What started as a small experiment by a group of dreamers (forty years ago!) wanting to live in greater connection to each other and the natural world, has become a learning lab for tens of thousands of people to become a better version of themselves. This version is often connected, aware, engaged, and loving. The antidote that we provide is connection – to the experience of ourselves, to others, and to the natural world – understanding that these are interdependent. This is the ointment the amygdalae requires to respond with all of our gifts and faculties. Personal work is an important first step, but the engaged work in the world is required and in order to deliver it with durability and resilience. We need to soothe our amygdalae. The stakes are high and get higher with each day.
Soothing our amygdalae requires (re)learning how to be with ourselves and with one another. It is about recognizing the function of the amygdalae is to warn us of a threat and not turning away from it into distraction, reaction, nihilism or dysfunction. The core technology we offer at Hollyhock is to create meaningful experiences that fosters the ability to be with self and others – whether that is in brave spaces of disagreement or quiet contemplation. Our offering is focused on recognizing the human experience of fear and the seduction of disconnection, acknowledging it, and actively choosing connection and engagement.
Over the years, I have often heard my friend and mentor, Tzeporah Berman say, “in order to build the world we want, we have to become the people we need to be.”
I agree. Will you join us? Your amygdalae will thank you.
Hours: Full time position, 37.5h/week
Location: Based at Cluny Hill, Forres, Scotland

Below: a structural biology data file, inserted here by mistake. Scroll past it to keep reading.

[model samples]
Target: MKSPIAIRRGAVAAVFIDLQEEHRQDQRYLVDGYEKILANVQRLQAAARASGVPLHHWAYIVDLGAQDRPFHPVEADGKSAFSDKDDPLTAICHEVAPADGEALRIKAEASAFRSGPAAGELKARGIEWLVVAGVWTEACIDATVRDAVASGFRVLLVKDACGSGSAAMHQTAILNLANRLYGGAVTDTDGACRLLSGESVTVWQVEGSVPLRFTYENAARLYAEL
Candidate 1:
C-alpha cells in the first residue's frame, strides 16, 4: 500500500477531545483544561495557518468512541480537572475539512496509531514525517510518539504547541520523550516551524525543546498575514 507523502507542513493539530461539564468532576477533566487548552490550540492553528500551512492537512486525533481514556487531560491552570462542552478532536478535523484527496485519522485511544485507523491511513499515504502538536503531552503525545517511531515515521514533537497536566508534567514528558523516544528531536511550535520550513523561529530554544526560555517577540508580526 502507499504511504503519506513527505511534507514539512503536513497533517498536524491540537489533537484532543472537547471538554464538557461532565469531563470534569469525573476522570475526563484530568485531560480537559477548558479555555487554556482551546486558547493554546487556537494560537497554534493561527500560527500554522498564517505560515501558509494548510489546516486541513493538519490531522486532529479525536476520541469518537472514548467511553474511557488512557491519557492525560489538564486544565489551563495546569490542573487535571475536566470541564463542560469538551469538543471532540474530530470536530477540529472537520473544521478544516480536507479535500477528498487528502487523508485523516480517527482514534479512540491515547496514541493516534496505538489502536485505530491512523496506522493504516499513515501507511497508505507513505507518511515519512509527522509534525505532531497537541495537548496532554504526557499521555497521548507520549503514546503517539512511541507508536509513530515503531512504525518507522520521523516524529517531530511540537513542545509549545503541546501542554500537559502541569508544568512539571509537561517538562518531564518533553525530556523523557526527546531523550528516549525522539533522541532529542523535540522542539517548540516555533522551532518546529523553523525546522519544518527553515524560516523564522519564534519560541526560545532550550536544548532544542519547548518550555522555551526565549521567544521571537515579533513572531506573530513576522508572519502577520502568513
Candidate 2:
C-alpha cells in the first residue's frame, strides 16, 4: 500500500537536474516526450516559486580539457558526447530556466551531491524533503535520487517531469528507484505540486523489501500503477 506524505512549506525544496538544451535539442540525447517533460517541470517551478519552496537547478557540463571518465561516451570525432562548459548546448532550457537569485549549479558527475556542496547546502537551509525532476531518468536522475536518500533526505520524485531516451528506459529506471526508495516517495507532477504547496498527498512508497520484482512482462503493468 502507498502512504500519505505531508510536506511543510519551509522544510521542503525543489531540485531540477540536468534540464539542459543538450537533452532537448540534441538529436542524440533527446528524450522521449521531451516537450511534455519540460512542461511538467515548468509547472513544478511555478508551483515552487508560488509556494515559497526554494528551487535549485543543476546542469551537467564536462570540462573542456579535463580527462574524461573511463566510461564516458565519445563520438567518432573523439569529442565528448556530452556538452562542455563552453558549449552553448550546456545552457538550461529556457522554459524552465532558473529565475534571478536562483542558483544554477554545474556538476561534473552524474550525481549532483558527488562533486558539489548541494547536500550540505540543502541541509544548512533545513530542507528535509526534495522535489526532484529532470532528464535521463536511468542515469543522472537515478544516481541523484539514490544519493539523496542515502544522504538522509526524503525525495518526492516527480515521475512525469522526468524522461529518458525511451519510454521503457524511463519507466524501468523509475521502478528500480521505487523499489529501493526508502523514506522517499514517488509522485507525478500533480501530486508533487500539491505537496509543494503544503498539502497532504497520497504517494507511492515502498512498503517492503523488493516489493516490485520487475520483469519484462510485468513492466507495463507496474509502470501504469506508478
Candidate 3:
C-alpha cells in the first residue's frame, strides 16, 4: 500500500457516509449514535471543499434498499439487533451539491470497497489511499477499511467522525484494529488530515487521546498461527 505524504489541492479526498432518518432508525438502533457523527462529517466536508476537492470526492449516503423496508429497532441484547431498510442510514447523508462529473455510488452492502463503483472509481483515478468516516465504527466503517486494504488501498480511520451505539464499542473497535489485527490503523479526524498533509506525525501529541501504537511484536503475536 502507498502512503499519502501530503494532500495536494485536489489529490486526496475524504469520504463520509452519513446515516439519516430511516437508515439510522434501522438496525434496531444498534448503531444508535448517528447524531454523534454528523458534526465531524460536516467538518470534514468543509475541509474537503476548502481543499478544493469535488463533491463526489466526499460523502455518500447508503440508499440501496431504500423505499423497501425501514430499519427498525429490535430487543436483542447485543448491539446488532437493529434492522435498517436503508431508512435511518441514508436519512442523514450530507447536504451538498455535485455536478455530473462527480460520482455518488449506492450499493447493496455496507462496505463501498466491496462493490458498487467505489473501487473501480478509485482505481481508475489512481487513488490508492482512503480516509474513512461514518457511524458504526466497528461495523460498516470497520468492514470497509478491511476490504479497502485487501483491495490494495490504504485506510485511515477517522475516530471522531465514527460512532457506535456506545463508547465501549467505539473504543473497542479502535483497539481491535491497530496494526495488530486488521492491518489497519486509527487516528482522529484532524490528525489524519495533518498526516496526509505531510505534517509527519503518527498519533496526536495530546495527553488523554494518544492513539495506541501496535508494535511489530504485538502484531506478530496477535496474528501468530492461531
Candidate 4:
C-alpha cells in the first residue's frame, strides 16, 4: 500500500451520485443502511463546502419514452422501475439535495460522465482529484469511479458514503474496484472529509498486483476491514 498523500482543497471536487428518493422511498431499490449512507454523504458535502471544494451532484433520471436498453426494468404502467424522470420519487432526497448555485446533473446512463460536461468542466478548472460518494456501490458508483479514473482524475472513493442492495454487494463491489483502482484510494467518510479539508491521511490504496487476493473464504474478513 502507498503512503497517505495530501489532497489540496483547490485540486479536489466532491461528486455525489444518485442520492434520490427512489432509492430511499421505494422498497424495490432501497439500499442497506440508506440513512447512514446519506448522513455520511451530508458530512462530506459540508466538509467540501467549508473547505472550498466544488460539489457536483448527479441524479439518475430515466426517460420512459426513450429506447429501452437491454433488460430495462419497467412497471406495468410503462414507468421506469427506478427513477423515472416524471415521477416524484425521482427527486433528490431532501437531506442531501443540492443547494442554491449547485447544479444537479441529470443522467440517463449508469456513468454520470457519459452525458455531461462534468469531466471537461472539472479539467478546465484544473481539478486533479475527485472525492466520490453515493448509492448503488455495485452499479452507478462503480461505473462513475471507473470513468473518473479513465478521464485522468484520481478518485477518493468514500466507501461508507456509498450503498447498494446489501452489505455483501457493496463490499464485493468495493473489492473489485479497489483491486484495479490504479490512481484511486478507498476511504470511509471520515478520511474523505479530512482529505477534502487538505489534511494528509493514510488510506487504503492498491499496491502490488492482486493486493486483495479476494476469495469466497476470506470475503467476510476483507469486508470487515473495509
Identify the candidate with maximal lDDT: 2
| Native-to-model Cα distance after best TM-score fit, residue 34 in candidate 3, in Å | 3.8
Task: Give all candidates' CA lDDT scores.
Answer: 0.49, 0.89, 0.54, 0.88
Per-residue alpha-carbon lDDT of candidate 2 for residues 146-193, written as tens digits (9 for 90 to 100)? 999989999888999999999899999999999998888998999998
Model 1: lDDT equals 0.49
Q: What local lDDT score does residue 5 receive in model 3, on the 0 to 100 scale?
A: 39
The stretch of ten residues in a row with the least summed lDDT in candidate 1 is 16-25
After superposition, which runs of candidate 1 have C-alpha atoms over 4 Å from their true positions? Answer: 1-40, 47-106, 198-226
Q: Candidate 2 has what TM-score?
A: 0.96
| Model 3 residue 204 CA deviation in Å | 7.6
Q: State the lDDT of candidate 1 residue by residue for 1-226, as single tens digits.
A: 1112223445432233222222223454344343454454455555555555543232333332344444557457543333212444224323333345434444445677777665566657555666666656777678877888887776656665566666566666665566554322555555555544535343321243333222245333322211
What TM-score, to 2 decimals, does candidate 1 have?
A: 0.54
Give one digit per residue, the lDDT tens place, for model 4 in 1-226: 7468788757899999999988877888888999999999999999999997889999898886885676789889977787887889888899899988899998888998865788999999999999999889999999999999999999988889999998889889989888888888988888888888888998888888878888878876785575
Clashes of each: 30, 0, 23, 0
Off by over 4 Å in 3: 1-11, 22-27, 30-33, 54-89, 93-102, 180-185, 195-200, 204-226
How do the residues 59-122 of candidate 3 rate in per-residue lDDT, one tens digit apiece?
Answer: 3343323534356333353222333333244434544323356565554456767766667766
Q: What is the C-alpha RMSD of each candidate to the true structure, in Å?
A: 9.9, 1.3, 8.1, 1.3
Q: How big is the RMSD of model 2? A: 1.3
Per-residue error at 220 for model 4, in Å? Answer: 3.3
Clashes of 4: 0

Salary: indicative Band B
We are inviting applicants to apply for a staff position within the Findhorn Foundation, for the role of Head Chef with overall responsibility for catering across the whole of the Foundation. Following reopening, after being paused for two years, this is an exciting opportunity to join a new team to re- welcome our guests.[Read more…]
General Manager position:
Seeking full-time, on-property resident General Manager for vegetarian meditation retreat center located in Pahoa, Hawaii on the Big Island of Hawaii.[Read more…]
After more than two years of being physically distant from one another,we finally came together for a magical, empowering, bonding in-person experience at Kripalu Center for Yoga and Health in Stockbridge Massachusetts. We were a small but mighty group with representatives from Breitenbush, Hollyhock, Esalen, Open Center, Omega, Guest House Retreat Center, Clear Sky Retreat Center, The Art of Living Retreat Center, the Retreat Center Collaborative as well as some bright new faces and voices from emerging centers.
For those who could not be with us in person this year, your presence was felt and your real life selves were deeply missed. We held a seat to honor those who were not physically with us but whose “spirits” were there – for the indigenous ancestors of the Stockbridge Munsee band of Mohicians, on whose land Kripalu sits and stewards; for our many friends from around the globe from centers that could not be with us this year; and for those individuals who we have not met but are dreaming a holistic center into existence.